Tips for Teaching Financial Literacy at Home

a couple with their small child putting money into a piggy bank, illustrating that the parents are teaching their child about financial literacy at home.

During the COVID-19 pandemic, many parents are faced with the challenge of taking direct control of their kids’ education. More people are homeschooling than ever before, whether they intended to or not.

We know there are a lot of subjects to cover and things to think about, but this situation presents an opportunity to teach and instill good financial literacy fundamentals in your kids. We’ve found that personal finance is a subject best learned at home rather than in school anyway, so use this opportunity to give your kids a good foundation away from peer pressure and other societal influences that are out of your control.

The kinds of lessons that you’ll want to focus on will be broken into some broad categories: Earning Money, Spending Money, Saving Money, Borrowing Money, and Security. These categories will also vary depending on the age group of your kids.

Start at the Basics: What Money is and How you Earn it

This category includes what money is, how it is earned, jobs & employment.

Ages 4-8

  • Explain what money is. Talk to your kids about what form money takes, how currency is different in different countries, and how exchanges work.
  • For an exercise, you can work with kids in this age group on counting coins and converting pennies to nickels, nickels to dimes, and coins to paper money. If your kid doesn’t have a piggy bank yet, start one.
  • Visit the US Mint’s web site for games for kids to have a fun way to understand more about currency ( You can also get educator resources for all grades from k-12
  • Talk to your kids about how money is earned. We like to tie a child’s allowance to household chores, so they develop an early association between work and income that will serve them well later in life. Lots of important lessons will be learned here, like “you have to work before you can get paid.” It’s also important to reinforce that not all work will lead to a paycheck—some things you do for your family, for charity, or for yourself, and the benefits go beyond the purely financial.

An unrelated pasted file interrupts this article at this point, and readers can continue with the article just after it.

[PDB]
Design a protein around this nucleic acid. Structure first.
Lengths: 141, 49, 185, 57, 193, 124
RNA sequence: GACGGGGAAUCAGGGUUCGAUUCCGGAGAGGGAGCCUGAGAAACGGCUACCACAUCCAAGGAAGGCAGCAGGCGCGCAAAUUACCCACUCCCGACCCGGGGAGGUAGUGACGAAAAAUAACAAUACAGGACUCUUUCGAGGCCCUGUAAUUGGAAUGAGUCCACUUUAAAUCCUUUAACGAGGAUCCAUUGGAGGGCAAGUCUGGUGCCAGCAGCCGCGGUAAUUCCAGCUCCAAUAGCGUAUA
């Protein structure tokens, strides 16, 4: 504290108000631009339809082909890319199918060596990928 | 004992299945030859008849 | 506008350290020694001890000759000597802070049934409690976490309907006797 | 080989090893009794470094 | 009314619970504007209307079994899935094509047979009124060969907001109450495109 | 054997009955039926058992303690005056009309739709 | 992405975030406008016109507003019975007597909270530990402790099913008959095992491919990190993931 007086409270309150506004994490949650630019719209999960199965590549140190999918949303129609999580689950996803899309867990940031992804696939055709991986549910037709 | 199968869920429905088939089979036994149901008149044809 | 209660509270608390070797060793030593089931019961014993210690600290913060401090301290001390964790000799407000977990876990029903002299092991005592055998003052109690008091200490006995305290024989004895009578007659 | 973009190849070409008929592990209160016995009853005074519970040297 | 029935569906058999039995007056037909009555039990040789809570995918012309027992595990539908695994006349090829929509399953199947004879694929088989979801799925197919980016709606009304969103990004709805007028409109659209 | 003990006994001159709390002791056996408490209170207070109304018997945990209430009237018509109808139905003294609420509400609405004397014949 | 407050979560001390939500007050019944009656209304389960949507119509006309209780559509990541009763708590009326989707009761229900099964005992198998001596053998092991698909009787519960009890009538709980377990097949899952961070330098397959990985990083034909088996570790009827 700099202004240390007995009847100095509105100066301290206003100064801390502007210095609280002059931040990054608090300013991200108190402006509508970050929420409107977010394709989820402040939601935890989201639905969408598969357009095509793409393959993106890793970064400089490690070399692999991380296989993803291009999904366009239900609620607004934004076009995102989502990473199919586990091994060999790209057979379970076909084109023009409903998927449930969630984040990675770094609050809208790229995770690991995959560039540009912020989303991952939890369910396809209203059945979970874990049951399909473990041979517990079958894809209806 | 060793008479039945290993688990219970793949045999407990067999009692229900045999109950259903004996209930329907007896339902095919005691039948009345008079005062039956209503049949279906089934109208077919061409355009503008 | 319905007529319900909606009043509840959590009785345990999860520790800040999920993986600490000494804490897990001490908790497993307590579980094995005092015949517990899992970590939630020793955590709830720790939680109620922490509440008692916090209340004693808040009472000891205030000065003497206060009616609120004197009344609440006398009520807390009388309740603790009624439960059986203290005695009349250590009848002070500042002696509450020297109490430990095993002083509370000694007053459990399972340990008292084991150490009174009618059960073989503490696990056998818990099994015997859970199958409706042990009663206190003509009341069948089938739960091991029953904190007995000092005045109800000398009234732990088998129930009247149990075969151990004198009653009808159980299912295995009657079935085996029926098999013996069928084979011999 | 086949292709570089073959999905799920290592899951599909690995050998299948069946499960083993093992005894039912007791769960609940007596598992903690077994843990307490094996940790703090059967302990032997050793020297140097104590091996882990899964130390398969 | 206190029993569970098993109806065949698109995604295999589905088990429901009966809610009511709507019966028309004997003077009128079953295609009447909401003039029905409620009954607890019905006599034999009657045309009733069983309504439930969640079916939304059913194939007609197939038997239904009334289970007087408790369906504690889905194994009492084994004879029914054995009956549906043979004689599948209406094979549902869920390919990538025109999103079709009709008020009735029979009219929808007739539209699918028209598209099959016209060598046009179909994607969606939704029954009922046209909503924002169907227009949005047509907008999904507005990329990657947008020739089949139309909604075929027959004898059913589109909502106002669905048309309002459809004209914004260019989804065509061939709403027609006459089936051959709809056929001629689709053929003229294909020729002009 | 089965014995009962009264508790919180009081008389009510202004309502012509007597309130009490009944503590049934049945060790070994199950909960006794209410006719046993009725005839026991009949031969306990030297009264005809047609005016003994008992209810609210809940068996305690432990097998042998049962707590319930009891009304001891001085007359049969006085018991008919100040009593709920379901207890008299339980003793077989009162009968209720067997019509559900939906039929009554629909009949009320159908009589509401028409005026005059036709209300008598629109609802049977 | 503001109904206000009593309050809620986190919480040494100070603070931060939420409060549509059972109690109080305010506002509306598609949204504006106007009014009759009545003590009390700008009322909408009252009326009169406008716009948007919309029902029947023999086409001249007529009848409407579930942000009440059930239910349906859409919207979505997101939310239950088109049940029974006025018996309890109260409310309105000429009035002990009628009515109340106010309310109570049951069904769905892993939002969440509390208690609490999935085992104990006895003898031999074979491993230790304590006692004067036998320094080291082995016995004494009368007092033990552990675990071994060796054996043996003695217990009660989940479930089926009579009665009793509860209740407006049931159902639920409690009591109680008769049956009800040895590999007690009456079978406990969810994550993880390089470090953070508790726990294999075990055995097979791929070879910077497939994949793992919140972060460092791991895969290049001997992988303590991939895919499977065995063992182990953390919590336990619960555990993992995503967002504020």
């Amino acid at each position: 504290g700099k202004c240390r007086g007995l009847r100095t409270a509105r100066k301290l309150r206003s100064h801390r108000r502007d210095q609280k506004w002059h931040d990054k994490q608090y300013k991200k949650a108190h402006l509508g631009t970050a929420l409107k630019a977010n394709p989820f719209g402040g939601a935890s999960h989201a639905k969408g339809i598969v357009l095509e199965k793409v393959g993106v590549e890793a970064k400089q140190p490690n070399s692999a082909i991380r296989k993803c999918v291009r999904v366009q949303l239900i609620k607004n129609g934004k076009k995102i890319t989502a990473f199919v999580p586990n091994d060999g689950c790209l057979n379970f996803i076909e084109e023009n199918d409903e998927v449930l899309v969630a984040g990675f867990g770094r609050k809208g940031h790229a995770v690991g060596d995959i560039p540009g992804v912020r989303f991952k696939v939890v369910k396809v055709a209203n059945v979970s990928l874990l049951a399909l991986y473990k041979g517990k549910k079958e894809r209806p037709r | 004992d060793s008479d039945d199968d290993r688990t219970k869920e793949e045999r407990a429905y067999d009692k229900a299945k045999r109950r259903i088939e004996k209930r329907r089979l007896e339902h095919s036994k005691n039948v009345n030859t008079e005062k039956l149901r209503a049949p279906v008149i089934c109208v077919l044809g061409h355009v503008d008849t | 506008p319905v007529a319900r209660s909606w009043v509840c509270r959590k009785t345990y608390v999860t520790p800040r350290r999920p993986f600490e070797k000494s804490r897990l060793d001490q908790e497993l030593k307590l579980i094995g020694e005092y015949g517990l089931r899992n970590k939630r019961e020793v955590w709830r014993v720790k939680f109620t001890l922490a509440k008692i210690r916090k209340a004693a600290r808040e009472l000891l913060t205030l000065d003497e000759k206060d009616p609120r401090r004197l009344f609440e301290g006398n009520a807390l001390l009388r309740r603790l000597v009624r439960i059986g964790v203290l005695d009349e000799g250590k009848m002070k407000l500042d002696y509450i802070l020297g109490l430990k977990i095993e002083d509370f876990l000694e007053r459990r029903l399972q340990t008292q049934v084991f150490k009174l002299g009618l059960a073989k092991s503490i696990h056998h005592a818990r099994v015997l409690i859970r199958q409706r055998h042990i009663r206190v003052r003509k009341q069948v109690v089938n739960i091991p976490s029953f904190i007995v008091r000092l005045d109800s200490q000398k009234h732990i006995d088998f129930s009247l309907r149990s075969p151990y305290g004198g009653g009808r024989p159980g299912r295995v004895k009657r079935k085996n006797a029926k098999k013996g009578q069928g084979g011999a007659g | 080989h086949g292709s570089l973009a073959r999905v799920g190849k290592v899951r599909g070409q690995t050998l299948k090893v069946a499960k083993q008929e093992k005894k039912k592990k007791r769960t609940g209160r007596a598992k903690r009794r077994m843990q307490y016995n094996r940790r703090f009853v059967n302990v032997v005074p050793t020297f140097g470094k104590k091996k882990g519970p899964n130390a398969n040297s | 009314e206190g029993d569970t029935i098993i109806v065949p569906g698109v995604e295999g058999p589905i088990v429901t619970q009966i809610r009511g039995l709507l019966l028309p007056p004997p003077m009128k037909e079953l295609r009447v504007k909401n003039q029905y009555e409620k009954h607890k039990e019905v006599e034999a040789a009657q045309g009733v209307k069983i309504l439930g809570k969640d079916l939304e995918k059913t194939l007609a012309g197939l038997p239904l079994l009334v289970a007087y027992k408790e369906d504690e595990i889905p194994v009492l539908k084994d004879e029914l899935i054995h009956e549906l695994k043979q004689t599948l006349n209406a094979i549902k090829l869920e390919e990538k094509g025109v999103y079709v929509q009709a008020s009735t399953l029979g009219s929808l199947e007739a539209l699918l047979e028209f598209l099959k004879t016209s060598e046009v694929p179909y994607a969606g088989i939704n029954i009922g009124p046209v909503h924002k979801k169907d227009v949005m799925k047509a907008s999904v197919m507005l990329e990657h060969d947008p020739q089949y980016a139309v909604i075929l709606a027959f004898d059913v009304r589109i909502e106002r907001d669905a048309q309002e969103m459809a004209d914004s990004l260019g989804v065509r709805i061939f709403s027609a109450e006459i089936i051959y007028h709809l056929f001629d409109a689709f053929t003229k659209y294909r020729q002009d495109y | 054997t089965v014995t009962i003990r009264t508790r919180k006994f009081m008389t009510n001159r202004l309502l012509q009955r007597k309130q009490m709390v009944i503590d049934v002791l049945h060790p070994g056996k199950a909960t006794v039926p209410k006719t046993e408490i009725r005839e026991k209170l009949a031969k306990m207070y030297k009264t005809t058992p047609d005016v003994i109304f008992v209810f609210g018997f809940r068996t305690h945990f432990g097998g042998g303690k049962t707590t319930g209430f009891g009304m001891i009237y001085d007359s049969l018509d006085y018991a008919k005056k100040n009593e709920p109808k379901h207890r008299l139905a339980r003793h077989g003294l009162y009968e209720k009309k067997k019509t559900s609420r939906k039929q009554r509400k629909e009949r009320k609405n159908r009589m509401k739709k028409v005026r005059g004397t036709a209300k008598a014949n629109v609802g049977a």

Ages 9-14

  • At this age group, talk more about the different kinds of jobs that are out there and what kind of incomes they generate.
  • Your kids are probably old enough now to understand what you do for a living and what kinds of things you are expected to do to earn an income. You don’t have to share more than you’re comfortable with, but focus on basic things like how often you get paid, what kind of work schedule you have to keep, and how your job is different from other people’s.
  • Ask your child to list any sources of income they can think of other than a paycheck. Talk to them about their list, and ways people bring in extra money. Whether it’s through a yard sale, a gift, or any other source, all income should be treated the same, so start reinforcing that lesson early.

Ages 15-18

  • Now you can talk to your teen about choosing different jobs and finding the right career. Work with them to come up with a list of careers and jobs within that field (like healthcare might include doctors, nurses, insurance specialists, lab technicians, etc.) Visit with them for ideas.
  • They can start thinking now about a job as more than just a source of income. What kind of job do they imagine would be fulfilling in other ways besides the paycheck it brings?
  • Point out to them that career satisfaction is a long-term goal, and most people will grow and change throughout their lifetime and end up in different jobs or positions over time.
  • Besides employment, entrepreneurship is important for kids this age to understand. Help them understand that entrepreneurs who start businesses take extraordinary risks, and so earn more money if the business venture is successful.